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The Stan Core Roadmap

Here’s the plan for Stan core development that Bob presented at Stancon last week (that is, back at the end of August, 2018):

Part I. Rear-View Mirror

Stan 2.18 Released
Multi-core Processing has Landed!
Multi-Process Parallelism
Map Function
New Built-in Functions
Manuals to HTML
Improved Effective Sample Size
Foreach Loops
Data-qualified Arguments
Bug Fixes and Enhancements
Math Library Enhancements
CmdStan Enhancements

Part II. The Road in Front

GPU Support
GPU Speedup, Cholesky (40+ times)
PDEs, DAEs & Definite Integrals
Tuples (i.e., Product Types)
Ragged Arrays
Lambdas and Function Types
Independent Generated Quants
Adjoint-Jacobian Product Functor
Mass Matrix/Step Size Init
Variadic Functions, not Packing

Part III. The Longer Road

Faster Compile Times
Blockless Stan Language
Blockless Linear Regression
Non-Centered Normal Module
Protocol Buffer I/O
Logging Standards

We have lots more plans, but these are the specific items on the agenda for the Stan language.

By the time this post appears, we can report on what in the above list has already been done, what else has been done, and what’s planned for next steps.

P.S. Follow the link and you can watch all the talks from Stancon.

5 Comments

  1. John Hall says:

    This is a great summary of recent changes. I really need to get around to watching more of those videos…

    I have much more experience with rstan than any other interface. I know that Stan has a cmdstan interface that you could theoretically call within all kinds of different programming languages. However, I understand there is some kind of overhead here. Is it possible to only use stan with C++ and no additional overhead?

  2. CmdStan basically calls the C++ with no overhead other than the I/O required to get data in and draws out. So while you can run directly in C++ (reading the CmdStan code’s the easiest way to see how to do that), there’s really nothing to be gained unless you need to interface with other C++.

    The overhead caused by RStan vs. CmdStan is minimal until you start running up against memory limitations. I’m not sure if PyStan is measurably slower than CmdStan or not.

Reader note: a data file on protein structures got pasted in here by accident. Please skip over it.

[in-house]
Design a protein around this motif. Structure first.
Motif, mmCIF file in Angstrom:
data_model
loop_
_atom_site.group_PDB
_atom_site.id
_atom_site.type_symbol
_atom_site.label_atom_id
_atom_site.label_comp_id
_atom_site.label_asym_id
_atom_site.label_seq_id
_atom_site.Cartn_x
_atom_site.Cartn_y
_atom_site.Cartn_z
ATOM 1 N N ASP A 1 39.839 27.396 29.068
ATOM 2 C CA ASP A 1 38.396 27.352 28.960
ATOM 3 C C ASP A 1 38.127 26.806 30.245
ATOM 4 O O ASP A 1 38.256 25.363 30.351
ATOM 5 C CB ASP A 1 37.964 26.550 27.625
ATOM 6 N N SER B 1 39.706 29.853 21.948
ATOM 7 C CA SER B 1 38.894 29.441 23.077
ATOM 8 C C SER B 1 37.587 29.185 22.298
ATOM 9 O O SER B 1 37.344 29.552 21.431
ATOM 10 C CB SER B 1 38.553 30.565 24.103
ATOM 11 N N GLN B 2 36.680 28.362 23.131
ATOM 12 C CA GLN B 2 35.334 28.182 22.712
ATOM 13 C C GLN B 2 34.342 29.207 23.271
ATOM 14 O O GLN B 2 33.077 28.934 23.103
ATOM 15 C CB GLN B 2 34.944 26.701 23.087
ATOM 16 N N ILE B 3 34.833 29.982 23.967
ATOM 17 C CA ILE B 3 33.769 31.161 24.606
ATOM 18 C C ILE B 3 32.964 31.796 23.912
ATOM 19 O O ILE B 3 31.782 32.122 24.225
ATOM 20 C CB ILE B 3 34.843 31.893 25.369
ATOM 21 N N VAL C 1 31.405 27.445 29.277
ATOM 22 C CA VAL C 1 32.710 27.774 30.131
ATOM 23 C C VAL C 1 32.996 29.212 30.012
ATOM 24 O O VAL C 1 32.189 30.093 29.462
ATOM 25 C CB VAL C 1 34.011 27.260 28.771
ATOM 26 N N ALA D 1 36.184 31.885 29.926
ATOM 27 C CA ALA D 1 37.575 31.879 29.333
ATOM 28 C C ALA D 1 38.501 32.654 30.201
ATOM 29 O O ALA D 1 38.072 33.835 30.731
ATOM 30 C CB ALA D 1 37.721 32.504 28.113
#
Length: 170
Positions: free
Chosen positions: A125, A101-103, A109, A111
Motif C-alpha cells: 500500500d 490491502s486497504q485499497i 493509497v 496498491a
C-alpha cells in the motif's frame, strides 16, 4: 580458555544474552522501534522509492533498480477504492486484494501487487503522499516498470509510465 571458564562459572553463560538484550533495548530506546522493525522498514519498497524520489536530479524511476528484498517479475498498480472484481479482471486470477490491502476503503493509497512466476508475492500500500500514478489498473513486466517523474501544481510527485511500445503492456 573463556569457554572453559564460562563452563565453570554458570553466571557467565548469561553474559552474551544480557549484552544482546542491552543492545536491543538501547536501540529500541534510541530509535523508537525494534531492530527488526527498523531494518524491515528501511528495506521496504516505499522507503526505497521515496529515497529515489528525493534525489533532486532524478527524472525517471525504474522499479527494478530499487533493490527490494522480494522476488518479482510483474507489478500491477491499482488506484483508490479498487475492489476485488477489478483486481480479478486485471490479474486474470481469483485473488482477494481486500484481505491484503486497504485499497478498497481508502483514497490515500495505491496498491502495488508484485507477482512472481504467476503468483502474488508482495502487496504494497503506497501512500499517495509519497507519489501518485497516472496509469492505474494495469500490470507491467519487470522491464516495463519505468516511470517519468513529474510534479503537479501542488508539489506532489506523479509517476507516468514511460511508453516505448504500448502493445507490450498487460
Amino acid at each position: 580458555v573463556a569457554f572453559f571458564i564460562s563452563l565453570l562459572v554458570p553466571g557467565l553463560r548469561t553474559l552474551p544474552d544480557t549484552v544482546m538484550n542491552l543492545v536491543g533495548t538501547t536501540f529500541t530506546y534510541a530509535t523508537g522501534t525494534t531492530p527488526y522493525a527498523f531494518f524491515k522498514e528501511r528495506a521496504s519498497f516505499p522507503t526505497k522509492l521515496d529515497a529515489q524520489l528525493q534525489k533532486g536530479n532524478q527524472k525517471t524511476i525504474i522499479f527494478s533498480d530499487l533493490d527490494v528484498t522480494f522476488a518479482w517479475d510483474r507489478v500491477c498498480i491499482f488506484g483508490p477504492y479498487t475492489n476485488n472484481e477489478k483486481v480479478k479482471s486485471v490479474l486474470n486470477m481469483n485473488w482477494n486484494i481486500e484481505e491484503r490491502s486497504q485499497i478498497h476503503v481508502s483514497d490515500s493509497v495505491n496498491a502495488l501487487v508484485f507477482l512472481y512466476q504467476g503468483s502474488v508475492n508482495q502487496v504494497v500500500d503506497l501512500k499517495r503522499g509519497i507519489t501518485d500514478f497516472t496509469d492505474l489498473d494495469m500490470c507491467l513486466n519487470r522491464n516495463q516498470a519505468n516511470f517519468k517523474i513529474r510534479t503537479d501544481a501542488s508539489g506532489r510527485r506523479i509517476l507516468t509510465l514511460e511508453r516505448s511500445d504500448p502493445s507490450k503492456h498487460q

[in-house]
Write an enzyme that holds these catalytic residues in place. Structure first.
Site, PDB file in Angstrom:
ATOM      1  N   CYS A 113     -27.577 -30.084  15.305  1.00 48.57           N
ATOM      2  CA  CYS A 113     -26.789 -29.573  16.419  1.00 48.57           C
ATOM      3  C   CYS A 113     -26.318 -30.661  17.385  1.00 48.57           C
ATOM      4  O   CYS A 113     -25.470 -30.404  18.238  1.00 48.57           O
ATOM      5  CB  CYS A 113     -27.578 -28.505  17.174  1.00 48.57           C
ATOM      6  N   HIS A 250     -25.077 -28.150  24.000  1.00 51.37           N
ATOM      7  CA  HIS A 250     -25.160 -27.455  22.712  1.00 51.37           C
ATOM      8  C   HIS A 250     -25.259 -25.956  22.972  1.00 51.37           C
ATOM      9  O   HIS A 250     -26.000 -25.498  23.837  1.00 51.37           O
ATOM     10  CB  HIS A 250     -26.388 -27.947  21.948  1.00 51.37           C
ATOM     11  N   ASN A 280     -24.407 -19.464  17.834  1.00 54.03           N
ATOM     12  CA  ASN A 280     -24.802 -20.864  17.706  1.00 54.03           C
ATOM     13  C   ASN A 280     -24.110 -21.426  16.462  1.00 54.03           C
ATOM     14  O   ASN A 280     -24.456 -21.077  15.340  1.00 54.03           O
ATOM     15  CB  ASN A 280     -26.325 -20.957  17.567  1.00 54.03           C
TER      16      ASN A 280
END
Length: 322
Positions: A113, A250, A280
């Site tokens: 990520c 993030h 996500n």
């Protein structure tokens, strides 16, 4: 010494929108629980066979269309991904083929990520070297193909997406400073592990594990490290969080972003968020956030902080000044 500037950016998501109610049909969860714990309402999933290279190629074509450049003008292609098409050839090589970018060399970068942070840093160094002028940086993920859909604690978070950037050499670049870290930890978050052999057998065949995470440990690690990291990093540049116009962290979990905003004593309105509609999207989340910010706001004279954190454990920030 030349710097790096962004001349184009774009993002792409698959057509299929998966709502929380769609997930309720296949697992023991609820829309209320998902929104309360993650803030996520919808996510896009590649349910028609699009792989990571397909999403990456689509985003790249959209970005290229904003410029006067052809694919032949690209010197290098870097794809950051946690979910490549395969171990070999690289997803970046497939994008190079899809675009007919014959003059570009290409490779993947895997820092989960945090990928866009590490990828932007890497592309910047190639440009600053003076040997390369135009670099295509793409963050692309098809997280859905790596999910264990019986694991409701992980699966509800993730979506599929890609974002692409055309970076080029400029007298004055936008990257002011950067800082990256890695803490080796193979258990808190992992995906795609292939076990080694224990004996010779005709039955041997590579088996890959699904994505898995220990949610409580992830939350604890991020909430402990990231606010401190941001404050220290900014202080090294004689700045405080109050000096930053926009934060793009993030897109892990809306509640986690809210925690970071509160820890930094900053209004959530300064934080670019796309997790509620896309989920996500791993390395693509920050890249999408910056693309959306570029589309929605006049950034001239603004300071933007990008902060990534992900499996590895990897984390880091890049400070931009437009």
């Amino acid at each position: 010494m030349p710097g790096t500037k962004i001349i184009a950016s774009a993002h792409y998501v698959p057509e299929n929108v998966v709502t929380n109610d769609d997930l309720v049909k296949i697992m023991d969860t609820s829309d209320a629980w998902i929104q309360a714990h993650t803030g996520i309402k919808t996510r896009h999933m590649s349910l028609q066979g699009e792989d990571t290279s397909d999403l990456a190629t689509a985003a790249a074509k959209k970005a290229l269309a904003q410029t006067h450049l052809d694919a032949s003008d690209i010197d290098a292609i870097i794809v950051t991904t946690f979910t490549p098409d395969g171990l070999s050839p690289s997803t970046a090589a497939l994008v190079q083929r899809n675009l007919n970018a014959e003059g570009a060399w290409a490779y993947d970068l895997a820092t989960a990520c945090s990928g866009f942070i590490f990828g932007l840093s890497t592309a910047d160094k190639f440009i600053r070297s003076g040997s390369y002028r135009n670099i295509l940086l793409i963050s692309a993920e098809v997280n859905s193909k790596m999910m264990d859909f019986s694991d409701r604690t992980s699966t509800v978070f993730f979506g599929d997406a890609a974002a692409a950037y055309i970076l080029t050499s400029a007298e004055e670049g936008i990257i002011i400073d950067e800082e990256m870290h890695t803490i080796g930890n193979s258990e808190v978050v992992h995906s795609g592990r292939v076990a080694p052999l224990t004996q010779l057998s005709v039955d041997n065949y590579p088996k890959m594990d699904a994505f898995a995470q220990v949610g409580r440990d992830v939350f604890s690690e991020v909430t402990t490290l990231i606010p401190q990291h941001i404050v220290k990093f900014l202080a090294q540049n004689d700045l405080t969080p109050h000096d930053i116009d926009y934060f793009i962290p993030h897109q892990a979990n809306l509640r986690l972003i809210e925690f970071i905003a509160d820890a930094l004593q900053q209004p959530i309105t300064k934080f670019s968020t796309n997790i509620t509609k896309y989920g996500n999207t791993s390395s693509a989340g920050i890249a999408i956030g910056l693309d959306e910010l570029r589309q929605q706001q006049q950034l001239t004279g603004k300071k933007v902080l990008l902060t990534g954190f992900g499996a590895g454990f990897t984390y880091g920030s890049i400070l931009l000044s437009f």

• John Hall says:

      I was thinking of the I/O as the overhead, but it’s been a while since I’ve thought of cmdstan (after posting I looked on the groups and remembered I had asked about it like 2-3 years ago, so to some extent I haven’t learned much in that time…).

      My typical workflow in rstan (the same as most other people, I imagine) is to load some data in memory, process it, and then call the stan function on it and then do whatever analysis afterward I need to. My understanding with cmdstan is that if I were doing all this in C++, then after processing it I would need to save it to a file, then call cmdstan on it, and then use I/O to get the draws out to do analysis. My issue with this is, particularly on the first part, what if I have some big data set, say bigger than 100MB in memory in R, and want to run stan on it. Or what if I want to do a lot of stan runs on a part of that large data set. The I/O slowdown becomes more of a negative the bigger the dataset or the more times you need to run the sampler.

  3. We’ve added a slick new location/scale transform not on the roadmap. And the transpiler is nearly complete in OCaml, which will open the road to the new language changes (plus compiler optimizations and lint [pedantic] mode).

    GPU is plugging along and should be out in 2.19 (because 2.19 is essentially coming out when GPU is ready). There’s progress on the definite integrator and on the algebraic solver (the latter not listed). Mass matrix init is done in CmdStan and standalone generated quantities are nearly done.

  4. John says:

    Any plans for more sparse matrix/vector support?

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